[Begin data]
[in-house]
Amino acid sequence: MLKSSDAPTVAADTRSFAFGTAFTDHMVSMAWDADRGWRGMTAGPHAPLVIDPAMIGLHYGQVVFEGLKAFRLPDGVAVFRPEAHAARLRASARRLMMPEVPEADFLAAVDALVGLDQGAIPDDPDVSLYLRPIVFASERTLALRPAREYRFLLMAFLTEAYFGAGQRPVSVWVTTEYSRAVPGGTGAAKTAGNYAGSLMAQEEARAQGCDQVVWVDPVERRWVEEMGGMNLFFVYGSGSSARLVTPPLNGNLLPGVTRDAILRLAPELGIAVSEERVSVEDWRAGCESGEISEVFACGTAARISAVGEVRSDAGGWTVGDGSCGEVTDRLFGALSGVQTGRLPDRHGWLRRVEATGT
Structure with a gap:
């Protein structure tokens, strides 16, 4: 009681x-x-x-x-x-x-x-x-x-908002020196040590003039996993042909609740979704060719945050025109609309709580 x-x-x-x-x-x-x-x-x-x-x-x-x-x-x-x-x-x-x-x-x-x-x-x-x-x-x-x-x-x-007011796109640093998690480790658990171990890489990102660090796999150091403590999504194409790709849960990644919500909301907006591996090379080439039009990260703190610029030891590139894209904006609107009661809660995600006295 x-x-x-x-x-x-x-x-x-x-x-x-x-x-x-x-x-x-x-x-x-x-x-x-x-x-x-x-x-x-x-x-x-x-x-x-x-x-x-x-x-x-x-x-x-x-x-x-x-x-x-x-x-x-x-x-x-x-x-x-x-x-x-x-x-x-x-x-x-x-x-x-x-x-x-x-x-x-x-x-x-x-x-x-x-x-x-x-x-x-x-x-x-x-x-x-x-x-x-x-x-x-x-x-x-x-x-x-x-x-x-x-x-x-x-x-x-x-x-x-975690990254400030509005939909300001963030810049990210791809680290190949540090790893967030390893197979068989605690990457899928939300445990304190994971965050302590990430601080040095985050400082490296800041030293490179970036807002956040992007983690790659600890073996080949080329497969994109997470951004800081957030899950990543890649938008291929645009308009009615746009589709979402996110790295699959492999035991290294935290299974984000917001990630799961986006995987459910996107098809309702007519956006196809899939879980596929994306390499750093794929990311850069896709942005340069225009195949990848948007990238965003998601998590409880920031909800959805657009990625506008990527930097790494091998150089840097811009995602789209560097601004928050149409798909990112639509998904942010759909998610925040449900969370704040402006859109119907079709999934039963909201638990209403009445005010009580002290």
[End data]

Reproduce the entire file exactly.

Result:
[in-house]
Amino acid sequence: MLKSSDAPTVAADTRSFAFGTAFTDHMVSMAWDADRGWRGMTAGPHAPLVIDPAMIGLHYGQVVFEGLKAFRLPDGVAVFRPEAHAARLRASARRLMMPEVPEADFLAAVDALVGLDQGAIPDDPDVSLYLRPIVFASERTLALRPAREYRFLLMAFLTEAYFGAGQRPVSVWVTTEYSRAVPGGTGAAKTAGNYAGSLMAQEEARAQGCDQVVWVDPVERRWVEEMGGMNLFFVYGSGSSARLVTPPLNGNLLPGVTRDAILRLAPELGIAVSEERVSVEDWRAGCESGEISEVFACGTAARISAVGEVRSDAGGWTVGDGSCGEVTDRLFGALSGVQTGRLPDRHGWLRRVEATGT
Structure with a gap:
């Protein structure tokens, strides 16, 4: 009681x-x-x-x-x-x-x-x-x-908002020196040590003039996993042909609740979704060719945050025109609309709580 x-x-x-x-x-x-x-x-x-x-x-x-x-x-x-x-x-x-x-x-x-x-x-x-x-x-x-x-x-x-007011796109640093998690480790658990171990890489990102660090796999150091403590999504194409790709849960990644919500909301907006591996090379080439039009990260703190610029030891590139894209904006609107009661809660995600006295 x-x-x-x-x-x-x-x-x-x-x-x-x-x-x-x-x-x-x-x-x-x-x-x-x-x-x-x-x-x-x-x-x-x-x-x-x-x-x-x-x-x-x-x-x-x-x-x-x-x-x-x-x-x-x-x-x-x-x-x-x-x-x-x-x-x-x-x-x-x-x-x-x-x-x-x-x-x-x-x-x-x-x-x-x-x-x-x-x-x-x-x-x-x-x-x-x-x-x-x-x-x-x-x-x-x-x-x-x-x-x-x-x-x-x-x-x-x-x-x-975690990254400030509005939909300001963030810049990210791809680290190949540090790893967030390893197979068989605690990457899928939300445990304190994971965050302590990430601080040095985050400082490296800041030293490179970036807002956040992007983690790659600890073996080949080329497969994109997470951004800081957030899950990543890649938008291929645009308009009615746009589709979402996110790295699959492999035991290294935290299974984000917001990630799961986006995987459910996107098809309702007519956006196809899939879980596929994306390499750093794929990311850069896709942005340069225009195949990848948007990238965003998601998590409880920031909800959805657009990625506008990527930097790494091998150089840097811009995602789209560097601004928050149409798909990112639509998904942010759909998610925040449900969370704040402006859109119907079709999934039963909201638990209403009445005010009580002290």